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-   -   ANSYS CFX: Produce swirling flow using cylindrical components (http://www.cfd-online.com/Forums/cfx/77860-ansys-cfx-produce-swirling-flow-using-cylindrical-components.html)

neilduffy1024 July 6, 2010 09:49

ANSYS CFX: Produce swirling flow using cylindrical components
 
Hi, I want to mimic swirling flow into a furnace using cylindrical components in the boundary conditions. I want to specify a mass flowrate followed by the flow direction. The axis of rotation will be specified as two points.

There is no decription in the user guides how the theta component is used. When selecting the cylindrical velocity components the units are for linear velocity, ie m/s etc, which obviously depends on the distance from the axis of rotation, yet there is no description in the user guides of how CFX accounts for this. Can the theta component be specified in terms of an angular velocity, ie radians/s, or as a linear velocity dependent on the distance from the axis of rotation, ie a velocity profile, perhaps using a CEL expression? If so, is there a simpler/more efficient method of describing this than through user Fortran?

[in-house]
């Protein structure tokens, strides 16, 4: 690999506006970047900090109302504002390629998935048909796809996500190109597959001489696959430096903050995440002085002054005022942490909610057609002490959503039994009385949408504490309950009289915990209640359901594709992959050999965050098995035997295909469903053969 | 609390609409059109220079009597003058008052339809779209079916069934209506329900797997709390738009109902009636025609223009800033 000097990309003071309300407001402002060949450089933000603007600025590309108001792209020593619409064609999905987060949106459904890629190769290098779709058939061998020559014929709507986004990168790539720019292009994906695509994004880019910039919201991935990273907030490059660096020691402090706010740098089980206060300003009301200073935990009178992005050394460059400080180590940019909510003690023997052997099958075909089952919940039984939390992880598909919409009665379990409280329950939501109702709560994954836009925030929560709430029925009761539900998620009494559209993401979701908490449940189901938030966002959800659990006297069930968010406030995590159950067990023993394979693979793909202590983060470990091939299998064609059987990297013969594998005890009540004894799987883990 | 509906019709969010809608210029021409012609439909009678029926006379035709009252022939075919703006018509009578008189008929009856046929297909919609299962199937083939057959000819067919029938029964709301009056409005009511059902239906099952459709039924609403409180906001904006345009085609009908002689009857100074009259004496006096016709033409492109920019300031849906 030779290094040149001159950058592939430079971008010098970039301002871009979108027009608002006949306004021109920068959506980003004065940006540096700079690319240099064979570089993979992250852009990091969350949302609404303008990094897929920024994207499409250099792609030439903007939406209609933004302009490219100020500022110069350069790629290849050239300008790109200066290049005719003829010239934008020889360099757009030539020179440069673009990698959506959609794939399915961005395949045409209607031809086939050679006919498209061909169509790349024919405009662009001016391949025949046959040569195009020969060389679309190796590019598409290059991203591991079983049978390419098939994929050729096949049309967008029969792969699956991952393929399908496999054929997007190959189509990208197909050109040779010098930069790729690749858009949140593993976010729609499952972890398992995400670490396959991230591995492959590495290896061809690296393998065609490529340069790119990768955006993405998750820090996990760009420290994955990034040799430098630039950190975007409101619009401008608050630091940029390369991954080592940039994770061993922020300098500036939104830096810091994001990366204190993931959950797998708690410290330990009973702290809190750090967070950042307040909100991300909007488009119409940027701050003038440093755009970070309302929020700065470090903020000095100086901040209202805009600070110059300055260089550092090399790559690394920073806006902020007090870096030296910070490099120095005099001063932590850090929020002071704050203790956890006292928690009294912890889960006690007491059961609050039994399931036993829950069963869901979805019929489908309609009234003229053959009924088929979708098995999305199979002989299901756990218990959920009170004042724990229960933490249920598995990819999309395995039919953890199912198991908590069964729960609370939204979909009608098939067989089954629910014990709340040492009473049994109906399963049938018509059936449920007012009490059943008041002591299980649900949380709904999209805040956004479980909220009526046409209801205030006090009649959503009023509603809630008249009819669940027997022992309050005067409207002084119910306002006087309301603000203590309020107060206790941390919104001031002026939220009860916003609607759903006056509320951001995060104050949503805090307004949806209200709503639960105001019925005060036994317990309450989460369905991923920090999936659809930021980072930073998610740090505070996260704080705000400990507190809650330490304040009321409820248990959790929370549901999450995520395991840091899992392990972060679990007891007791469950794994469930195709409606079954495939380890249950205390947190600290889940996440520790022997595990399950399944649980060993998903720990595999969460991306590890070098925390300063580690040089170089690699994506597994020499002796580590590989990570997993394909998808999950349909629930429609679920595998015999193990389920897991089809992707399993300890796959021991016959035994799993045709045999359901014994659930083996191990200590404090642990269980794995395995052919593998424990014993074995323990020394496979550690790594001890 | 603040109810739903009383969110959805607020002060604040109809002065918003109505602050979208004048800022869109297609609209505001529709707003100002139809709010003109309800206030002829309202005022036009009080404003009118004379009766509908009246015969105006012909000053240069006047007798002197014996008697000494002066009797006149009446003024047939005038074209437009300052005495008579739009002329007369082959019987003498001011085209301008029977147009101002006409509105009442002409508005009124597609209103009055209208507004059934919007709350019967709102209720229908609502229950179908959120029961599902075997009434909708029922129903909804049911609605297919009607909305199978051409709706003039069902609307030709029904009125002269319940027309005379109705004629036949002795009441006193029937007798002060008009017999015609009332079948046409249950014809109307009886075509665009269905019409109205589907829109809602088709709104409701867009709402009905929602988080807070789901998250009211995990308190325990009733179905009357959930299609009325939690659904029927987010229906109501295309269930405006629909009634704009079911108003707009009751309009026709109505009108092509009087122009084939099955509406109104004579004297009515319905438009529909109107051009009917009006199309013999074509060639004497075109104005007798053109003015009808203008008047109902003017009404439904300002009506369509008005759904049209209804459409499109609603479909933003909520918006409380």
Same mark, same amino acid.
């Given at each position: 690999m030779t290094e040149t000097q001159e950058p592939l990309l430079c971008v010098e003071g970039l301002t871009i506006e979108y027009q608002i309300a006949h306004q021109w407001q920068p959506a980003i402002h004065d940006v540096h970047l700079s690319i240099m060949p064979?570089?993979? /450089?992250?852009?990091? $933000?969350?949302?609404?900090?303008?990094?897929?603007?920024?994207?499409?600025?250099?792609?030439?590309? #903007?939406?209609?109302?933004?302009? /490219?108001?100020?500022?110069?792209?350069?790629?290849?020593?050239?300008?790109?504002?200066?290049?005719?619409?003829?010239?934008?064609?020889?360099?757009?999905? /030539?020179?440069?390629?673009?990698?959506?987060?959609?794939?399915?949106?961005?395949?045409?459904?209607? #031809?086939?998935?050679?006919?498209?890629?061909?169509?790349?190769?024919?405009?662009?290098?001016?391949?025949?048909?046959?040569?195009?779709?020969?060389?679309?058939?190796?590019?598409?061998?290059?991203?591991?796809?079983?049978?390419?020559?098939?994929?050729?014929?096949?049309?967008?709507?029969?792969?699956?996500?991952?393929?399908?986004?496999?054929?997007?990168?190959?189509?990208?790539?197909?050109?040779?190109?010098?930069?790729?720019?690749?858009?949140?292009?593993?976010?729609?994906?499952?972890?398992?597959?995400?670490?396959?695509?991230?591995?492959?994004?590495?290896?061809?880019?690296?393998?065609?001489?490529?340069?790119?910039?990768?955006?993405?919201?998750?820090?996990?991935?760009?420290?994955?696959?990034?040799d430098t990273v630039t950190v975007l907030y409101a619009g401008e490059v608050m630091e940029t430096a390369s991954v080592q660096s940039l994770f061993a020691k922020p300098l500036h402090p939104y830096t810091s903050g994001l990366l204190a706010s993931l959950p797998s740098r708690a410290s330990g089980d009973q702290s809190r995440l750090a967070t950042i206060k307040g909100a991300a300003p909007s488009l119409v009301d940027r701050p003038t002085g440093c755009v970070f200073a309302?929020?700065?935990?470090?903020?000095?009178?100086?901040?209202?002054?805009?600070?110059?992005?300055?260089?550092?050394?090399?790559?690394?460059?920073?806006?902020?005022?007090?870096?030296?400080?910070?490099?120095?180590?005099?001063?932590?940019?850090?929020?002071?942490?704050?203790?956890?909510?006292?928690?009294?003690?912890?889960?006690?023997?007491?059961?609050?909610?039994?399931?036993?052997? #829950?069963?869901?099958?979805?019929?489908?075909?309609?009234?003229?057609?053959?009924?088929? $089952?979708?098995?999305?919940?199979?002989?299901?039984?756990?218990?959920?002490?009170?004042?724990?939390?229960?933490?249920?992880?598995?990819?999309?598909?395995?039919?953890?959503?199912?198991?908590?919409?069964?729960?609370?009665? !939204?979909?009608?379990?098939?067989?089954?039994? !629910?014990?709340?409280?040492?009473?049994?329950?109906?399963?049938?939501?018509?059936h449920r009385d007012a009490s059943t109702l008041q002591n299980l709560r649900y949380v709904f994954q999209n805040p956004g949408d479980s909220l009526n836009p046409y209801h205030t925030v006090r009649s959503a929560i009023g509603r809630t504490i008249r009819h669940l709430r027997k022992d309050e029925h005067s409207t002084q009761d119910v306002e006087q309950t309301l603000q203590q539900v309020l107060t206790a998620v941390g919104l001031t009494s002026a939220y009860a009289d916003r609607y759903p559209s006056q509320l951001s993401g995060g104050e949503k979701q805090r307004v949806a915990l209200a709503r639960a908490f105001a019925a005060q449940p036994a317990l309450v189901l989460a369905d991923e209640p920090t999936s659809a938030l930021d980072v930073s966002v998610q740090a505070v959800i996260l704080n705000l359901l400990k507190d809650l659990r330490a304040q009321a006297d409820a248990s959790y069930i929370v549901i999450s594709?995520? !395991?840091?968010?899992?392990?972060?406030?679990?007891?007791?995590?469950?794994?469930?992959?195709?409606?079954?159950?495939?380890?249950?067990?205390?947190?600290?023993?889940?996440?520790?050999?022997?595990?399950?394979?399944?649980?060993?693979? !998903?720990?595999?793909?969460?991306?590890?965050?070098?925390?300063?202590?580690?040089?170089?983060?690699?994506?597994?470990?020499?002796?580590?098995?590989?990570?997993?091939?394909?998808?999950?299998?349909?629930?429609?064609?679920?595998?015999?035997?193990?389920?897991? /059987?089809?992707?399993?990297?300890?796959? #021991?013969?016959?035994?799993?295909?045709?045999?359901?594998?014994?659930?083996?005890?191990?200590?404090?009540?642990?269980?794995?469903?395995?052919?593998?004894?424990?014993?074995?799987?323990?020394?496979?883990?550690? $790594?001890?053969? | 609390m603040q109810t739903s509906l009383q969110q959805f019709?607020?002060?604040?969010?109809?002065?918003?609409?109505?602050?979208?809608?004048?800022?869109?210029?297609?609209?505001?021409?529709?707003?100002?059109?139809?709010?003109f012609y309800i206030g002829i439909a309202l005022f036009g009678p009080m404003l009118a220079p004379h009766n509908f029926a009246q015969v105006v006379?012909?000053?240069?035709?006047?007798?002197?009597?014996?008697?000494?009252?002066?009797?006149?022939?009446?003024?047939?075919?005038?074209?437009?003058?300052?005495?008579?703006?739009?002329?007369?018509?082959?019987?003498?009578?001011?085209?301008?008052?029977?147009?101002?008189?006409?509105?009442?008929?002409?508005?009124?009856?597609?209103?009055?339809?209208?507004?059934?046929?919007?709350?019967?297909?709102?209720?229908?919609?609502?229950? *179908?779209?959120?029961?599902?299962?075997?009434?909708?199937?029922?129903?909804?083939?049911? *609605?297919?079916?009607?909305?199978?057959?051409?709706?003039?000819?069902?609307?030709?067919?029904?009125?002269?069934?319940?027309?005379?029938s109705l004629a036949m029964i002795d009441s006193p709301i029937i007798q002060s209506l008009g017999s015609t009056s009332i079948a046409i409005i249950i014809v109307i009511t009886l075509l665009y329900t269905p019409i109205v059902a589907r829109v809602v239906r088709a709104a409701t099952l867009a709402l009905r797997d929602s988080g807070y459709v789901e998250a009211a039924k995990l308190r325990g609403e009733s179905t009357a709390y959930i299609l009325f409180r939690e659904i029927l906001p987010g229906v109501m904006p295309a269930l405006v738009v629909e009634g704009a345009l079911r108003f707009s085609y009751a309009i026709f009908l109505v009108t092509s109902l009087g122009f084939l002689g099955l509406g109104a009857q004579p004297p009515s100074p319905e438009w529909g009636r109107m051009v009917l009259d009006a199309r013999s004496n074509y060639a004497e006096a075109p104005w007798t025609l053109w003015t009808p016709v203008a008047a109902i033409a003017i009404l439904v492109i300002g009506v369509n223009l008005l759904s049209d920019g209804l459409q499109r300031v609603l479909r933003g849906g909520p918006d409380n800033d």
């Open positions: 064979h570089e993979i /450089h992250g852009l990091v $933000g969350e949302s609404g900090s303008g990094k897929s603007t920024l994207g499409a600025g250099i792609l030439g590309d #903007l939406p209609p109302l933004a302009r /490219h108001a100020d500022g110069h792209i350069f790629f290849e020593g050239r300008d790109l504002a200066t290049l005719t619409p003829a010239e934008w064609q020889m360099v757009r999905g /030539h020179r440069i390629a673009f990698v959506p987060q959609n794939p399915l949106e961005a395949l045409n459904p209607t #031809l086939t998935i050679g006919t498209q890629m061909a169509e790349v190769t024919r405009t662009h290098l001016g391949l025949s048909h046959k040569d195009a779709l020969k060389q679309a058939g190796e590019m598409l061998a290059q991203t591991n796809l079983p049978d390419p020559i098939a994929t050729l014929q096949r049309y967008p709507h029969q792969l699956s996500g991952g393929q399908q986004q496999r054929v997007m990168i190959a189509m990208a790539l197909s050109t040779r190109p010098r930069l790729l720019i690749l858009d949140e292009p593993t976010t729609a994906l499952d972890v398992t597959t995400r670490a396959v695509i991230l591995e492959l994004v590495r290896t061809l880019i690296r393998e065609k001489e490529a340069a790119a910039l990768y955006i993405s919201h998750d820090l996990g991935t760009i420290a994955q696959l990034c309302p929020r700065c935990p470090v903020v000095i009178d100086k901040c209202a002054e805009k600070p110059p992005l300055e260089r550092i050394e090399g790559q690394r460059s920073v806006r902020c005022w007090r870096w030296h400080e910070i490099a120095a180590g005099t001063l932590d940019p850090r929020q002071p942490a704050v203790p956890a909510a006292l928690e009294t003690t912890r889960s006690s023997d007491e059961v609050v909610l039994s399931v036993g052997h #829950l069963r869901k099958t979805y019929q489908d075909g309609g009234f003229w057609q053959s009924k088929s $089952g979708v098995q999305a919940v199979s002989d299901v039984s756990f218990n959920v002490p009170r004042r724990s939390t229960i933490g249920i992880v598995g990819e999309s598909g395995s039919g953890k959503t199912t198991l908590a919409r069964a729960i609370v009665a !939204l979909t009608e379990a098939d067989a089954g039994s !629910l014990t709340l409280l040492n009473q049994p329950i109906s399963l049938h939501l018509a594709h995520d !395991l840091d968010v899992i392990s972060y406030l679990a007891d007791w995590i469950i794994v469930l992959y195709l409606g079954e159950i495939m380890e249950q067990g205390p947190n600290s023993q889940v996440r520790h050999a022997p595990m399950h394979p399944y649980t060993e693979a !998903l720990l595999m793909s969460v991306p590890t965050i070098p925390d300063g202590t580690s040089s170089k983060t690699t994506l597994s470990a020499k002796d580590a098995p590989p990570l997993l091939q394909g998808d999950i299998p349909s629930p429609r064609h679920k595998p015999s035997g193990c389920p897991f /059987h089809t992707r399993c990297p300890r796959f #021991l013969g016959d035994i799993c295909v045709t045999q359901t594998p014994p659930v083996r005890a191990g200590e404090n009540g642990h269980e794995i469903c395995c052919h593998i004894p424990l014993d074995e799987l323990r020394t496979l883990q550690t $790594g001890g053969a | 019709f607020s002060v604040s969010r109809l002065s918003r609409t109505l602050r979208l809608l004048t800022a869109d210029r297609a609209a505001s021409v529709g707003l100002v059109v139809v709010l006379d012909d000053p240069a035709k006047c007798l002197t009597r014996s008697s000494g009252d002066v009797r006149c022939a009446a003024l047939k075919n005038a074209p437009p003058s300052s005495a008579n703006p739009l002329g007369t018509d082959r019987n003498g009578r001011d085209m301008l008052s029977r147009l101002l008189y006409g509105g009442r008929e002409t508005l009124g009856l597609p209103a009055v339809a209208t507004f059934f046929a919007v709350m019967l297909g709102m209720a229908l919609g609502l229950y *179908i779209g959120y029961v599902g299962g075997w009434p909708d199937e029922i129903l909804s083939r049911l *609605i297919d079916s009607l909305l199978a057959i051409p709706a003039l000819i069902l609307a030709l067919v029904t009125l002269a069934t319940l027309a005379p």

Any help would be greatly appreciated.

Thanks,

Neil

magnusDux85 June 4, 2013 17:18

I have the same question. I want to mimic swirling flow in the injector.

ghorrocks June 5, 2013 06:02

Not sure if you can specify this using a rotating boundary coordinate system. Have a look and try it.

But it is easy to set this up as CEL expressions. A bit of maths to work out, that's all.

magnusDux85 August 7, 2013 07:52

Quote:

Originally Posted by ghorrocks (Post 432133)
Not sure if you can specify this using a rotating boundary coordinate system. Have a look and try it.

But it is easy to set this up as CEL expressions. A bit of maths to work out, that's all.

Have you ever tried, could you give us some details?

ghorrocks August 7, 2013 08:00

No, never needed to do it so I have never done it.

But my second point is that it is easy to write it in the global coordinates, the transformation from cylindrical to global cartesian coords is pretty simple. So if it cannot be done in cylindrical coords then do it in global coords.


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